with Bob Condly

Seeing Invisible Virtues, Part 1


At the beginning of each year, advice about New Year’s resolutions and goal-setting pours in. Specialists recommend that your goals should be SMART:

  • Specific
  • Measurable
  • Achievable
  • Realistic
  • Time-bound

Wanting to improve your health is a nice sentiment, but you have to spell it out. Frame the resolution this way: “I will eat 5 salads a week for the whole year.” You can hold yourself accountable to this. At the end of each week tally up your salads and you’ll know whether you stuck to your plan.

The drawback to SMART goals, though, is that they tend to deal with external things. Physical health is a blessing, but an unexpected illness can ruin that goal no matter how much organic lettuce you eat!

Churches emphasize matters of the heart, what’s inside a person. These have permanency which physical things lack. As Paul puts it,

“We fix our eyes not on what is seen, but on what is unseen, since what is seen is temporary, but what is unseen is eternal.” – 2 Corinthians 4:18

We should orient our New Year’s resolutions toward what Peter calls “the hidden person of the heart” (1 Peter 3:4) (NASB).

But how do we define spiritual goals? “I want to be godly” sounds as vague as “I want to be healthy.” And making these resolutions concrete seems to compromise their spiritual nature.

To compensate, we could say, “I will pray for 30 minutes a day.” Surely God would approve of this!

Not necessarily.

“These people honor Me with their lips, but their hearts are far from Me.” – Matthew 15:8

“Then they will call to me but I will not answer; they will look for me but will not find me, 29since they hated knowledge and did not choose to fear the Lord.” – Proverbs 1:28-29

Actions matter, but they’re no substitute for the condition of the soul.

“The Lord does not look at the things people look at. People look at the outward appearance, but the Lord looks at the heart.” – 1 Samuel 16:7

We’re stuck. In spite of their objectivity and specificity, our resolutions should emphasize spiritual over material matters. But spiritual realities don’t submit well to measurements.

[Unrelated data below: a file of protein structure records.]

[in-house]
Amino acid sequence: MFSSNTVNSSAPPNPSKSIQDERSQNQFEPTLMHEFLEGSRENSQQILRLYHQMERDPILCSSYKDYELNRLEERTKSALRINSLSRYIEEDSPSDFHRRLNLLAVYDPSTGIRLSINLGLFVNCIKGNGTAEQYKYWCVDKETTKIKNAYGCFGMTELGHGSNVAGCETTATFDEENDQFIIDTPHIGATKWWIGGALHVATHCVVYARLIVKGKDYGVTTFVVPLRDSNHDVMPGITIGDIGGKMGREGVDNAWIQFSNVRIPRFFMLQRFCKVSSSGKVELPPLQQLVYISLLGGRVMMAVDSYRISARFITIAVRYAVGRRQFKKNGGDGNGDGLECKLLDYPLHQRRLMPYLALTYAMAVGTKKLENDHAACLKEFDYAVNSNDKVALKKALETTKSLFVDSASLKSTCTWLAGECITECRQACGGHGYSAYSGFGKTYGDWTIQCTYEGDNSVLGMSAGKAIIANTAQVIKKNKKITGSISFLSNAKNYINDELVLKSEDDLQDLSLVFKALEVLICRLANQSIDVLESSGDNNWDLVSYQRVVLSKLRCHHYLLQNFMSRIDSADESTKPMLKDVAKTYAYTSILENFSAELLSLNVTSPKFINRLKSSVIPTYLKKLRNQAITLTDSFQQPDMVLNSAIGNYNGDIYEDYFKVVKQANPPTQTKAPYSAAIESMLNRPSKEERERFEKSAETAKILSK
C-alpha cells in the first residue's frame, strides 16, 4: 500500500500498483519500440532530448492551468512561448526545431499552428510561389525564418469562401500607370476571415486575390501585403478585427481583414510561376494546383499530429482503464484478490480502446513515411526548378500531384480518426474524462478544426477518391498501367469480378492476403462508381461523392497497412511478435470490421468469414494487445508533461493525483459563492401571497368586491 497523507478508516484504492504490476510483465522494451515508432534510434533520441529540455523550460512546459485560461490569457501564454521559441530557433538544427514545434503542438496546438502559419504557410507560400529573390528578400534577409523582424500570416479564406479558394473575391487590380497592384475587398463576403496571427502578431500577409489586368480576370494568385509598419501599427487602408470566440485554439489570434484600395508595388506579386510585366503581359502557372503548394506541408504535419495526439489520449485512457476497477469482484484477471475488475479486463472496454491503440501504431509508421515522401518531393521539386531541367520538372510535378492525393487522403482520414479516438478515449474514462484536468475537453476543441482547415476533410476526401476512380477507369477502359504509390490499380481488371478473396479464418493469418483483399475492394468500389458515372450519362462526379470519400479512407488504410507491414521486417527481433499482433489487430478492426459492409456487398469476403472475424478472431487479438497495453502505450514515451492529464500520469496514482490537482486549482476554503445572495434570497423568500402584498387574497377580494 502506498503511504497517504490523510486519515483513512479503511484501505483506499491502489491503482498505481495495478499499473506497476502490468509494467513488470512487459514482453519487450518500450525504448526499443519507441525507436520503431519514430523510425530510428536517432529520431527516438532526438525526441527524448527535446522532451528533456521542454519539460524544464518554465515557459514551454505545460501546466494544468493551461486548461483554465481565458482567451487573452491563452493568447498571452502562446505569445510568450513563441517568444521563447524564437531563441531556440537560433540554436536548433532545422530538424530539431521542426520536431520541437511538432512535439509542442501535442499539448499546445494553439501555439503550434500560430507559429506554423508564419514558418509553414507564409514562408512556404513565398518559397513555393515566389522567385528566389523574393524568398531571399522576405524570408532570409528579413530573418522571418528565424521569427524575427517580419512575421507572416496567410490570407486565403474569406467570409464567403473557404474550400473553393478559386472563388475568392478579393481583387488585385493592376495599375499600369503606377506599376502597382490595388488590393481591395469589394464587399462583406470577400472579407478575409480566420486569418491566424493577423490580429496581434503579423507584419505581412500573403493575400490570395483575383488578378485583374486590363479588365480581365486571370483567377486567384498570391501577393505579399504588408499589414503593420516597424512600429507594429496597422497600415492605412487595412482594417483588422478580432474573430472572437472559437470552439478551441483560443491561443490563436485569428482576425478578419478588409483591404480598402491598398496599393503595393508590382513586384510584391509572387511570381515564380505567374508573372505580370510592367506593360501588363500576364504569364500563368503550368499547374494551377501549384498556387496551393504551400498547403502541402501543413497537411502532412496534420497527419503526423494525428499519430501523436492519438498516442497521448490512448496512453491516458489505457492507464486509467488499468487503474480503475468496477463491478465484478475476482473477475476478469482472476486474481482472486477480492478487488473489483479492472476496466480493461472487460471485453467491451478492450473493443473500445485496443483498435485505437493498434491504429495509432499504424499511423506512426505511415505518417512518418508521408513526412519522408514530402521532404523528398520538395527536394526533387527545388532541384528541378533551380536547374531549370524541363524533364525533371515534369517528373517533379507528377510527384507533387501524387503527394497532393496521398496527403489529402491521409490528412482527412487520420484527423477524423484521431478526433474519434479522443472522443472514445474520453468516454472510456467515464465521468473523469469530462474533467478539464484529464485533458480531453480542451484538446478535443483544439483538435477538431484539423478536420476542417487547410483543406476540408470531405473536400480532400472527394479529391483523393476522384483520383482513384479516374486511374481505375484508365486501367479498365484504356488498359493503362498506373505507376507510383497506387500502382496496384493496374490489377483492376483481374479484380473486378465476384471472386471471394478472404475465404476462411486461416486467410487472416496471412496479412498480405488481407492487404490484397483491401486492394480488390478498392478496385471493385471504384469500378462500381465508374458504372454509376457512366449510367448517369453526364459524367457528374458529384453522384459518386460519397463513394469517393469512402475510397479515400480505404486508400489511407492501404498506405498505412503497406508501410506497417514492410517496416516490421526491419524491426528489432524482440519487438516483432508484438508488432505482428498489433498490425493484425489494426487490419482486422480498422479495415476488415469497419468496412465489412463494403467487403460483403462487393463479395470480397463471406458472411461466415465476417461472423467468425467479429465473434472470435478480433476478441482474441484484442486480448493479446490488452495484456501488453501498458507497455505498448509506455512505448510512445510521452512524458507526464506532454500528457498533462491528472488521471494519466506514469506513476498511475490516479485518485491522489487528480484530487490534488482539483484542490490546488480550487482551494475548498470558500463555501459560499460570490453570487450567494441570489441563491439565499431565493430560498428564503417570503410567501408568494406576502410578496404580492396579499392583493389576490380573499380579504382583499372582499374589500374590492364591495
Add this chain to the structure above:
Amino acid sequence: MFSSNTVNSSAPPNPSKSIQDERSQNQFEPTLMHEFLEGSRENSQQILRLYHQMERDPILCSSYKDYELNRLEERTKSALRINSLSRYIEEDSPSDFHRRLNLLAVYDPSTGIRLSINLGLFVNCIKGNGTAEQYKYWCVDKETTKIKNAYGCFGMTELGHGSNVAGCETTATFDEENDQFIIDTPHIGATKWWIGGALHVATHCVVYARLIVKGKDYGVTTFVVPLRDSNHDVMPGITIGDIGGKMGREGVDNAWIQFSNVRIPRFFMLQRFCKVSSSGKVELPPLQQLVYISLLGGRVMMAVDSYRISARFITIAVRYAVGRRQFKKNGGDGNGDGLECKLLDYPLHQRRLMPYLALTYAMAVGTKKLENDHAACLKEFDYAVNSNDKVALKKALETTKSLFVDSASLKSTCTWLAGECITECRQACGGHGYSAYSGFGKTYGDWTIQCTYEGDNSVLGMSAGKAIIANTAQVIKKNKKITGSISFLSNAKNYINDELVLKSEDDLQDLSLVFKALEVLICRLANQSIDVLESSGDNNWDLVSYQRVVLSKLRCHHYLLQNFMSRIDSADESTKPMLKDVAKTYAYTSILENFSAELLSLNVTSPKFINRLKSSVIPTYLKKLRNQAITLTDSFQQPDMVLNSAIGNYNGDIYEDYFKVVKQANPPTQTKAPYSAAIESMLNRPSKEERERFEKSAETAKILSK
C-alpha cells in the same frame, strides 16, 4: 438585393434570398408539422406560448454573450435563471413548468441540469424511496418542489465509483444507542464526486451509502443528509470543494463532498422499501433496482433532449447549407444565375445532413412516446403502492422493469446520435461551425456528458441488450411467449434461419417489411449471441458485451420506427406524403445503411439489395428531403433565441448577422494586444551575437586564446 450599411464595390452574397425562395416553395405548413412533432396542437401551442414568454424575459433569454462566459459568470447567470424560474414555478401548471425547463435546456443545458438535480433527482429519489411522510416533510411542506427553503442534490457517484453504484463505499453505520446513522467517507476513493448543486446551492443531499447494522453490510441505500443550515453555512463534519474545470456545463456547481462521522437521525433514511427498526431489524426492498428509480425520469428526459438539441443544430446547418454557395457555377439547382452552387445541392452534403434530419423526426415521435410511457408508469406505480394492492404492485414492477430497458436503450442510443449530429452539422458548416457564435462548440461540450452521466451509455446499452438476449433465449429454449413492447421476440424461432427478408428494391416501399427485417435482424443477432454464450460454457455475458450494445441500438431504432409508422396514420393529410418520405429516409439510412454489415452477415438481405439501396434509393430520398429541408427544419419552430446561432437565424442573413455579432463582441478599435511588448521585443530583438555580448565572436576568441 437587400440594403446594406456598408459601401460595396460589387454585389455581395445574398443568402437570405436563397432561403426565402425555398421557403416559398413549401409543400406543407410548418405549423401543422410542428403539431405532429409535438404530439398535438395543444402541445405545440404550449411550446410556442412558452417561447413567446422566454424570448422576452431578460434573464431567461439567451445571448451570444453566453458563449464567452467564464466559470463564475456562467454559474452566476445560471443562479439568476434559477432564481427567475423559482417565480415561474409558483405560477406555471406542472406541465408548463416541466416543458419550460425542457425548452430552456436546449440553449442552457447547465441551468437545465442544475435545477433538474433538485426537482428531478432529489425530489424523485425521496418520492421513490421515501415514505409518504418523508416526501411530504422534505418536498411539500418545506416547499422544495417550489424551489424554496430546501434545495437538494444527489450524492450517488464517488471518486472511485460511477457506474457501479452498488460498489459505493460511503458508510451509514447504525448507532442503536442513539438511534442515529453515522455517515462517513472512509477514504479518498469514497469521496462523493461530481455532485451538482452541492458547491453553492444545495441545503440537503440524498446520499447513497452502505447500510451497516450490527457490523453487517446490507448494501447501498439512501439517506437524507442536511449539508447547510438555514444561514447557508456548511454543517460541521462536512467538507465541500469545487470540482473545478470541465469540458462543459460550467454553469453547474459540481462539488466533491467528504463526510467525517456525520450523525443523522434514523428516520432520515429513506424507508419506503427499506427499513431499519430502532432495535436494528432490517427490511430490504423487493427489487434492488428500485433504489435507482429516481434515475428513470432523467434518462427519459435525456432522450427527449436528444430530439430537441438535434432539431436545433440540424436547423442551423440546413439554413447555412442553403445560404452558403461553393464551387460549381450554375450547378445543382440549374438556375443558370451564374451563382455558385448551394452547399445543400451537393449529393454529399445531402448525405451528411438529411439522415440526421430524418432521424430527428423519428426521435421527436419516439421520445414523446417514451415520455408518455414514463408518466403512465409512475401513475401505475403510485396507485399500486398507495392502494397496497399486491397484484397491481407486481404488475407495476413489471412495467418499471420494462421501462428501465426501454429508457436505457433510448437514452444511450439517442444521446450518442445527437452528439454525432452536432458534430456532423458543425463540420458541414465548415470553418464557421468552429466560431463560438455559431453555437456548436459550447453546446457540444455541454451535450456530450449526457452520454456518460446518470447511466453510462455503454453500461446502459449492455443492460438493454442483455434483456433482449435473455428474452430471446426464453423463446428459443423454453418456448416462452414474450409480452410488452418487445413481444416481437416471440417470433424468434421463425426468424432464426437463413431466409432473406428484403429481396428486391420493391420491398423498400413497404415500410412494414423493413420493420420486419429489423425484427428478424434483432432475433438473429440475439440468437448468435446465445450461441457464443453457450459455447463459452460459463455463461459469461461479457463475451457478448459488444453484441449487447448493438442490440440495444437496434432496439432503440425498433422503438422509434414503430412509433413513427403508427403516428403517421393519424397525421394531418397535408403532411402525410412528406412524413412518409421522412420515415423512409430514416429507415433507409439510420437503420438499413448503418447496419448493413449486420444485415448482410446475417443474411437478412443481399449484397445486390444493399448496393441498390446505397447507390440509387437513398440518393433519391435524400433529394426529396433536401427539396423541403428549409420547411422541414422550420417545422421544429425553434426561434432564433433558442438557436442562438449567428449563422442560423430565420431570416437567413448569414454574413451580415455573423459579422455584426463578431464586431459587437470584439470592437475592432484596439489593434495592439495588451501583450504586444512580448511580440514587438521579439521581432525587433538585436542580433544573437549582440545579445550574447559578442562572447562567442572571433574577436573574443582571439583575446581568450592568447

So what do we do?

I suggest we tackle the problem from a different angle. Instead of striving to improve ourselves, let’s accept that we already have what we seek.

Take the virtue of courage as an example.

Tim Gray defines it as “the strength of will that enables us to conquer fear. It often happens that we know what we ought to do, but we’re afraid to do it because of the consequences we may suffer as a result. Fear makes our will disinclined to follow our reason because of some difficulty. Courage ensures that we will have the firmness of mind and will to overcome our fear and do what is right and good regardless of the difficulties.”

Harriet Tubman guiding slaves to freedom through the underground railroad. Martin Luther King calling America to live up to its creed of equal rights under law. Charles Lindbergh flying solo across the Atlantic Ocean. Jesus’ submission to death on the cross.

All these examples of courage are worth emulating, especially with New Year’s resolutions fresh on our minds.

But rather than crafting a SMART goal to develop bravery, we can recognize that we possess courage right now. We’re already courageous!

Don’t agree? You don’t see yourself that way?

How can we assert intrinsic courage when we remember how we’ve caved to fear and anxiety?

We bank on the resources of Christ.

“Praise be to the God and Father of our Lord Jesus Christ, who has blessed us in the heavenly realms with every spiritual blessing in Christ.” – Ephesians 1:3

“Every spiritual blessing” includes courage!

We’re as courageous as we need to be. But sometimes it morphs into audacity.

Have you ever doubted the sufficiency of Christ’s work on the cross? Or complained to God that your problem is too big to solve, even for Him?

These resemble confessions of cowardice, but in reality, they’re misapplications of courage. How gutsy must we be to tell Jesus that the tortures He suffered were inadequate? Or that God isn’t as great as the difficulties we’re wrestling with? Shouldn’t challenging the Lord scare us? And yet we do it! We’re daring, but not in the right way.

We have courage, given to us by our Creator and redeemed through Jesus Christ. We need only develop it under the guidance of the Holy Spirit. In the midst of the adventures of that await us this year, He will help us to make the right decisions.

“The wicked flee though no one pursues, but the righteous are as bold as a lion.” – Proverbs 28:1


Add Comment

By Bob Condly
with Bob Condly

Recent Posts

Recent Comments